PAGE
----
Young entrepreneurs are Bermuda’s future engine - economist
Young entrepreneurs and the “gig” economy could be the engine that drives Bermuda towards economic recovery and full employment, according to a top economist.
Craig Simmons said that, while large corporations had adapted technology in order to reduce staff numbers, small businesses could thrive in the current economic climate.
Mr Simmons, a senior economics lecturer at Bermuda College, spoke out after Government unveiled its Budget for the next fiscal year on Friday.
He said: “These are unprecedented times and so we need new thinking. The gig economy is here and it is our young people who are in a position to leverage that economy.
“It is our young people who understand the gig economy. They have seen their parents get burnt working for one company their entire lives and they have a different way of thinking.”
Mr Simmons welcomed Government’s pledge to provide more financial support to the Bermuda Economic Development Corporation (BEDC) in the next year.
“But there’s only so much that Government can do and Government has already got to the end of its tether,” he said.
“It has some massive debt and will probably have to go back to the markets to refinance that debt, which means, as far as job creation is concerned, the private sector has to step in.”
During his Budget presentation, Mr Dickinson said that Bermuda needed to “fan that innovative spark” to kick start “the next wave of economic activity”.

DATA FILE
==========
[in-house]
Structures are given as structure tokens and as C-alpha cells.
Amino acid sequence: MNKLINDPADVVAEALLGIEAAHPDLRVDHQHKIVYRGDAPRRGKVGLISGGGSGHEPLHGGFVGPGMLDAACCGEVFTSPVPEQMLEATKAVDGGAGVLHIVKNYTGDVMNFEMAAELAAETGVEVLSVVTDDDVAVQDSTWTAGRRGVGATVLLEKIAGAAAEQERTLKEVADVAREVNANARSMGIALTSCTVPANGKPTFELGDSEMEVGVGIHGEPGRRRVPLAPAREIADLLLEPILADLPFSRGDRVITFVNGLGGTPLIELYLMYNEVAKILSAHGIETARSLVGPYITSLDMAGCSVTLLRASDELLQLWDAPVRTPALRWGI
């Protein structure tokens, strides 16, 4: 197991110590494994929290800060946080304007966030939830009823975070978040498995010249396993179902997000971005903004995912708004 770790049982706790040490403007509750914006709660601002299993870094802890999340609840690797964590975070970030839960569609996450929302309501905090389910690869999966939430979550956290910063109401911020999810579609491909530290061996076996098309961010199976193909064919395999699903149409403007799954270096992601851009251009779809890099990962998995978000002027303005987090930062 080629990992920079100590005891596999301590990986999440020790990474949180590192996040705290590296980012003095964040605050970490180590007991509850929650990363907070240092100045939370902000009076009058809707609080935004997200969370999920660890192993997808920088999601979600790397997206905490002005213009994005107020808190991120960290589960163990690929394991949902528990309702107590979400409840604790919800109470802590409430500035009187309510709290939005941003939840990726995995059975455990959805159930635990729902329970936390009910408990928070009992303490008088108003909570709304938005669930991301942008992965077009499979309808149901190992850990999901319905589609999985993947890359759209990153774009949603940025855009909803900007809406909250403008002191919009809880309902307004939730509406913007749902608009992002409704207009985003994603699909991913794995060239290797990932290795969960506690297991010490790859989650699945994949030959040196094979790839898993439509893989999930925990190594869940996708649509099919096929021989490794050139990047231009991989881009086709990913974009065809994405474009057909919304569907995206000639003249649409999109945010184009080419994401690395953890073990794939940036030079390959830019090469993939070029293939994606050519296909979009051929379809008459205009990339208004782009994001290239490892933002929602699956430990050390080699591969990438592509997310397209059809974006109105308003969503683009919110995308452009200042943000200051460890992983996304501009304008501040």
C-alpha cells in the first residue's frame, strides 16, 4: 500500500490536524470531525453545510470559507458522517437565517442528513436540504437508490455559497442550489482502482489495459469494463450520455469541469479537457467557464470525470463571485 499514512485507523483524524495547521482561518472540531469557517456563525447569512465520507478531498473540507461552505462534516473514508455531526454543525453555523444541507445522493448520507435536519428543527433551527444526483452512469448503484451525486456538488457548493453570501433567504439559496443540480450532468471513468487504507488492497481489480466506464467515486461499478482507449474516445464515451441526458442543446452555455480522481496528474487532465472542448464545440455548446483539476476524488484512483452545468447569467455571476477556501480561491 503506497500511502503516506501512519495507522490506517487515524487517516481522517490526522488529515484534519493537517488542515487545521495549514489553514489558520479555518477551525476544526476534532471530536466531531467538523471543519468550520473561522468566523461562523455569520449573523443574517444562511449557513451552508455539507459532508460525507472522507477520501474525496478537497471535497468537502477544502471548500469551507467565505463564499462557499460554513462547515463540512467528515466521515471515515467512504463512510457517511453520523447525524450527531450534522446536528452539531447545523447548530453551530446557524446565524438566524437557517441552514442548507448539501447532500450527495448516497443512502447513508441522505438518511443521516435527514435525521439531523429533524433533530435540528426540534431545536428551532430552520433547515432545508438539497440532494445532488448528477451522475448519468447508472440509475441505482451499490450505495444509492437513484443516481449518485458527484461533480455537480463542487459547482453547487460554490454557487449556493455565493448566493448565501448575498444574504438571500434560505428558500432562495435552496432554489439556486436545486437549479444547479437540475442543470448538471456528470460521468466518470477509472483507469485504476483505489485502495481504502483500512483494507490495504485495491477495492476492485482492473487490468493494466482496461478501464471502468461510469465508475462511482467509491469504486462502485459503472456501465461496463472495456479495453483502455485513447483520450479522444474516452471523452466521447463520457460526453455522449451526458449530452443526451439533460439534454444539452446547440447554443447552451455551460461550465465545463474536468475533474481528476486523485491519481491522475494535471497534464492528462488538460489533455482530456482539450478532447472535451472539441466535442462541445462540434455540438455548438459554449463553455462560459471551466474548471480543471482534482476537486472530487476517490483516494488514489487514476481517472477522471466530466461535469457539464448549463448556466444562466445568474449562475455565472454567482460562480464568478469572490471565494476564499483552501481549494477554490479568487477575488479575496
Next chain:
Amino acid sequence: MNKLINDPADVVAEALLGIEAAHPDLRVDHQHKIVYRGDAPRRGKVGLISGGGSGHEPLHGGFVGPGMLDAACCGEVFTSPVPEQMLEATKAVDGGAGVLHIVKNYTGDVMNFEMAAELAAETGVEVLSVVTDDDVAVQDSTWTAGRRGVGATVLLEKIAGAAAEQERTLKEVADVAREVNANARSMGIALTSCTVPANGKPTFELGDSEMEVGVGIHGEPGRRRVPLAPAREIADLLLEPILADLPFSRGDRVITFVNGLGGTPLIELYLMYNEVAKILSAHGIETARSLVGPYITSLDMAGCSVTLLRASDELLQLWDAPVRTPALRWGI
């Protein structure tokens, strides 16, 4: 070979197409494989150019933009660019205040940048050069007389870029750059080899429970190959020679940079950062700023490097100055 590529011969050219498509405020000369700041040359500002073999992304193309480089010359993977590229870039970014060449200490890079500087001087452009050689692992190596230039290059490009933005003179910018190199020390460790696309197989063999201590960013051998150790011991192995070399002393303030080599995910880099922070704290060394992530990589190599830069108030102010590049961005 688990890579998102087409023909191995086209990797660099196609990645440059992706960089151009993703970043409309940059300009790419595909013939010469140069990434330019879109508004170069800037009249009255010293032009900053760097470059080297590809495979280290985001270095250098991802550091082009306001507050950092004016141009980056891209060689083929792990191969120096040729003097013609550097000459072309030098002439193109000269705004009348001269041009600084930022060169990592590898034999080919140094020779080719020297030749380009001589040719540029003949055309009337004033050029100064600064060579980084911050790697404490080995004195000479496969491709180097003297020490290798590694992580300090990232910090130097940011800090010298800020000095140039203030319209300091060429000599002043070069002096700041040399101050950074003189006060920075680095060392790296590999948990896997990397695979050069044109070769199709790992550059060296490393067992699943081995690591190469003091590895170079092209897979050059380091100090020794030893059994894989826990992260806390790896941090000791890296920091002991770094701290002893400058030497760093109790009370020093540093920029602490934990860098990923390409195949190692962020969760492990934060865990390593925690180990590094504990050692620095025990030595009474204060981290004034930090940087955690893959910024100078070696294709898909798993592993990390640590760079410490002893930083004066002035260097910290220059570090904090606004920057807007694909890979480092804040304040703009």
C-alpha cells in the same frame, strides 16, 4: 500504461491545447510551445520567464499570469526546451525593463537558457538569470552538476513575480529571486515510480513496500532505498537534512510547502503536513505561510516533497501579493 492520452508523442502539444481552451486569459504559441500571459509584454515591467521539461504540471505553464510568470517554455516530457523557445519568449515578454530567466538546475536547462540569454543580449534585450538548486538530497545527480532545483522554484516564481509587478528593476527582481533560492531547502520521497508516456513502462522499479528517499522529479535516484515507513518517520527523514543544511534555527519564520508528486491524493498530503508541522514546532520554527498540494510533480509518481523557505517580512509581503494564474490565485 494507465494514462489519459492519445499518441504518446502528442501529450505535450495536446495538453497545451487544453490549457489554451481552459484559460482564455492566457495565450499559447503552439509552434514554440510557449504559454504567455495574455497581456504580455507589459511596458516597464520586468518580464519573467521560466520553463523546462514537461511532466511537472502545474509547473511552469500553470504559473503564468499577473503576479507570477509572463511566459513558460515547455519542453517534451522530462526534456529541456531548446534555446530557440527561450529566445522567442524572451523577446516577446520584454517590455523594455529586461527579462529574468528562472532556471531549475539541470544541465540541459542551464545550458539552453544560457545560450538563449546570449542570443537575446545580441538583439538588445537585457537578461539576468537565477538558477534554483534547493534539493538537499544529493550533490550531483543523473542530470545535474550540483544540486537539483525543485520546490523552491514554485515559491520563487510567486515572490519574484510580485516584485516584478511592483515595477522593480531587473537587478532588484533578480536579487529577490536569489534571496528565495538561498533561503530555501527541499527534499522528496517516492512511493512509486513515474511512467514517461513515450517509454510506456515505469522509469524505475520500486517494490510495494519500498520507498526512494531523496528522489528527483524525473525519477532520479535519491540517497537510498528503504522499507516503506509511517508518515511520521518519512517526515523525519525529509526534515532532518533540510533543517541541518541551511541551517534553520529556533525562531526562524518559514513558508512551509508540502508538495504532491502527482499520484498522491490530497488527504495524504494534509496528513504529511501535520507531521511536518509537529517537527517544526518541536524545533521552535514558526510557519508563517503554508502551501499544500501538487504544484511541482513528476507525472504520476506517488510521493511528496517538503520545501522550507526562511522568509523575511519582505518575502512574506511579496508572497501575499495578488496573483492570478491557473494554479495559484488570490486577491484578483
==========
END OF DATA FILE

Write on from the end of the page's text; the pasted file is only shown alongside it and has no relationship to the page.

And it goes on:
He said: “History shows that, following pandemics, human societies rebound with accelerated innovation and development.”
He noted that Government gave the BEDC an additional $12 million in funding in the wake of the coronavirus pandemic – and that further funds were in the pipeline.
“We will, through legislation and regulation, create an environment that encourages innovation, entrepreneurs, businesses, and start-ups,” Mr Dickinson said.
“Examples range from an energy regulatory sandbox that will allow Bermuda to benefit from innovative technology in the energy sector, a marine development zone, and exploring options to encourage FinTech and digital players to innovate on the island.
Last night Mr Simmons applauded that approach – but said the private sector, and banks in particular, needed to play a bigger role in helping new small businesses get off the ground.
He said: “You have got to take care of health risks of Covid-19 first. Only once you’ve got that got under control can you address the economy.
“In the first stage of Covid-19, the finance minister provided fiscal support in terms of unemployment benefit.
“He’s now made a transition to second stage in providing support for entrepreneurs. That’s good news because that’s the group that will make a difference.
“In any economy, job creation boils down to entrepreneurs. Recovery is salient to entrepreneurs – they’re the ones who can think outside the box and create.
“We really need to find people who have skin in game and then give them the resources to create. ’Skin in the game’ needs to be our mantra moving forward.”
Mr Simmons said that banks were now in a strong position to help start-ups financially.
“They haven’t been this strong since 2005,” he said.
“Their loan/deposit ratio is below 100 per cent and so are on a firm footing and in a position to do some lending – banks have wiggle room.
Mr Simmons said there was nothing surprising in Finance Minister Curtis Dickinson’s presentation.
“He’s doing what he has to do at the moment,” Mr Simmons said.
“He’s holding the slack tight. When you’re in a storm, you don’t take any drastic action. You pull down your sails and ride the storm out.”
And he warned that, although Mr Dickinson was able to keep his promise of no new taxes, “higher taxes will have to come” at some point.
“But that’s in the future and I think that’s the right approach given that we’re in the middle of a crisis.”
“But I’m optimistic. We’re in a crisis, but if anything, the worst businesses are the ones that are started during booms.”